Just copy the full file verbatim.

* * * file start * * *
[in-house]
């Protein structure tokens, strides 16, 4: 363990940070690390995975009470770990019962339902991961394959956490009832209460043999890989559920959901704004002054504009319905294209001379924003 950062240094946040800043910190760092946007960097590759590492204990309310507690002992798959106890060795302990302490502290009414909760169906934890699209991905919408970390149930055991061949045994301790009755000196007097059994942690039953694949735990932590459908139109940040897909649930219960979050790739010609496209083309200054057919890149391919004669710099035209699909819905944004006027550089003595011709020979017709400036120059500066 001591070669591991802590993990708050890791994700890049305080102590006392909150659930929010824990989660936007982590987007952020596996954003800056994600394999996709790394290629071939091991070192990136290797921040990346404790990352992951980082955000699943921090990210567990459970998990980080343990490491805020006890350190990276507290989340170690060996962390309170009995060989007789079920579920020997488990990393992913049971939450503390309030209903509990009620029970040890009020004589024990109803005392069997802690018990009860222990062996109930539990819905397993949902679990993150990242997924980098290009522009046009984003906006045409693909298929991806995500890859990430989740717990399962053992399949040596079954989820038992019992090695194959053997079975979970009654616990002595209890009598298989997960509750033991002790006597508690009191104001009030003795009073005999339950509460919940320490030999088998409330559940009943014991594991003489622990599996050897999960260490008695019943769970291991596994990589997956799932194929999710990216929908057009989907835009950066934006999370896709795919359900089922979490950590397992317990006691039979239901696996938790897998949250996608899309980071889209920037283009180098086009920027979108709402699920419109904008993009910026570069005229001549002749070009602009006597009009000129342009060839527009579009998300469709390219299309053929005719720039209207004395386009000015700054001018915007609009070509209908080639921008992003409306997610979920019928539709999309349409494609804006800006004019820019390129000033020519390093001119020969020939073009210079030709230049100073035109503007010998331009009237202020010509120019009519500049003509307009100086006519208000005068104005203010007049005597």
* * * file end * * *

[in-house]
């Protein structure tokens, strides 16, 4: 363990940070690390995975009470770990019962339902991961394959956490009832209460043999890989559920959901704004002054504009319905294209001379924003 950062240094946040800043910190760092946007960097590759590492204990309310507690002992798959106890060795302990302490502290009414909760169906934890699209991905919408970390149930055991061949045994301790009755000196007097059994942690039953694949735990932590459908139109940040897909649930219960979050790739010609496209083309200054057919890149391919004669710099035209699909819905944004006027550089003595011709020979017709400036120059500066 001591070669591991802590993990708050890791994700890049305080102590006392909150659930929010824990989660936007982590987007952020596996954003800056994600394999996709790394290629071939091991070192990136290797921040990346404790990352992951980082955000699943921090990210567990459970998990980080343990490491805020006890350190990276507290989340170690060996962390309170009995060989007789079920579920020997488990990393992913049971939450503390309030209903509990009620029970040890009020004589024990109803005392069997802690018990009860222990062996109930539990819905397993949902679990993150990242997924980098290009522009046009984003906006045409693909298929991806995500890859990430989740717990399962053992399949040596079954989820038992019992090695194959053997079975979970009654616990002595209890009598298989997960509750033991002790006597508690009191104001009030003795009073005999339950509460919940320490030999088998409330559940009943014991594991003489622990599996050897999960260490008695019943769970291991596994990589997956799932194929999710990216929908057009989907835009950066934006999370896709795919359900089922979490950590397992317990006691039979239901696996938790897998949250996608899309980071889209920037283009180098086009920027979108709402699920419109904008993009910026570069005229001549002749070009602009006597009009000129342009060839527009579009998300469709390219299309053929005719720039209207004395386009000015700054001018915007609009070509209908080639921008992003409306997610979920019928539709999309349409494609804006800006004019820019390129000033020519390093001119020969020939073009210079030709230049100073035109503007010998331009009237202020010509120019009519500049003509307009100086006519208000005068104005203010007049005597």